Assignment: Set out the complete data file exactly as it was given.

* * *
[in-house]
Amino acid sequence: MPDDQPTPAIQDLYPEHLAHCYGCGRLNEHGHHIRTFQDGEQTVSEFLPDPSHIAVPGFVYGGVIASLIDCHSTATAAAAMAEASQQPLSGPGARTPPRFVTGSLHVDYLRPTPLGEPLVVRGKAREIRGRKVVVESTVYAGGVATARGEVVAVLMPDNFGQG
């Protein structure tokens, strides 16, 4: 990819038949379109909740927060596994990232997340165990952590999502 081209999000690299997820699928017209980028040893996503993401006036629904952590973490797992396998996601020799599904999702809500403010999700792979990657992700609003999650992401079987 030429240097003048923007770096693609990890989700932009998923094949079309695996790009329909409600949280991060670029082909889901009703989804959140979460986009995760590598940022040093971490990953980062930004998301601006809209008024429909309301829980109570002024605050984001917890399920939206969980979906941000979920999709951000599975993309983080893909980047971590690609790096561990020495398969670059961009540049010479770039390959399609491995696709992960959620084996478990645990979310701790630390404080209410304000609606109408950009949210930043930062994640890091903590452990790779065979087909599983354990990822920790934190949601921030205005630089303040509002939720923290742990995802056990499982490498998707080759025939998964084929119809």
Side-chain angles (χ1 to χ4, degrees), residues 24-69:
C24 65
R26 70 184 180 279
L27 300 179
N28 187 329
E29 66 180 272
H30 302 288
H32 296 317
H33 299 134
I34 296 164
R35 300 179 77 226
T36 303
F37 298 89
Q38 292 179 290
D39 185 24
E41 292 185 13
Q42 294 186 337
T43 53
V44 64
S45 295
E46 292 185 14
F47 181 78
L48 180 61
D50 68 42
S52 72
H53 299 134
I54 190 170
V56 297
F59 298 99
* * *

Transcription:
[in-house]
Amino acid sequence: MPDDQPTPAIQDLYPEHLAHCYGCGRLNEHGHHIRTFQDGEQTVSEFLPDPSHIAVPGFVYGGVIASLIDCHSTATAAAAMAEASQQPLSGPGARTPPRFVTGSLHVDYLRPTPLGEPLVVRGKAREIRGRKVVVESTVYAGGVATARGEVVAVLMPDNFGQG
């Protein structure tokens, strides 16, 4: 990819038949379109909740927060596994990232997340165990952590999502 081209999000690299997820699928017209980028040893996503993401006036629904952590973490797992396998996601020799599904999702809500403010999700792979990657992700609003999650992401079987 030429240097003048923007770096693609990890989700932009998923094949079309695996790009329909409600949280991060670029082909889901009703989804959140979460986009995760590598940022040093971490990953980062930004998301601006809209008024429909309301829980109570002024605050984001917890399920939206969980979906941000979920999709951000599975993309983080893909980047971590690609790096561990020495398969670059961009540049010479770039390959399609491995696709992960959620084996478990645990979310701790630390404080209410304000609606109408950009949210930043930062994640890091903590452990790779065979087909599983354990990822920790934190949601921030205005630089303040509002939720923290742990995802056990499982490498998707080759025939998964084929119809």
Side-chain angles (χ1 to χ4, degrees), residues 24-69:
C24 65
R26 70 184 180 279
L27 300 179
N28 187 329
E29 66 180 272
H30 302 288
H32 296 317
H33 299 134
I34 296 164
R35 300 179 77 226
T36 303
F37 298 89
Q38 292 179 290
D39 185 24
E41 292 185 13
Q42 294 186 337
T43 53
V44 64
S45 295
E46 292 185 14
F47 181 78
L48 180 61
D50 68 42
S52 72
H53 299 134
I54 190 170
V56 297
F59 298 99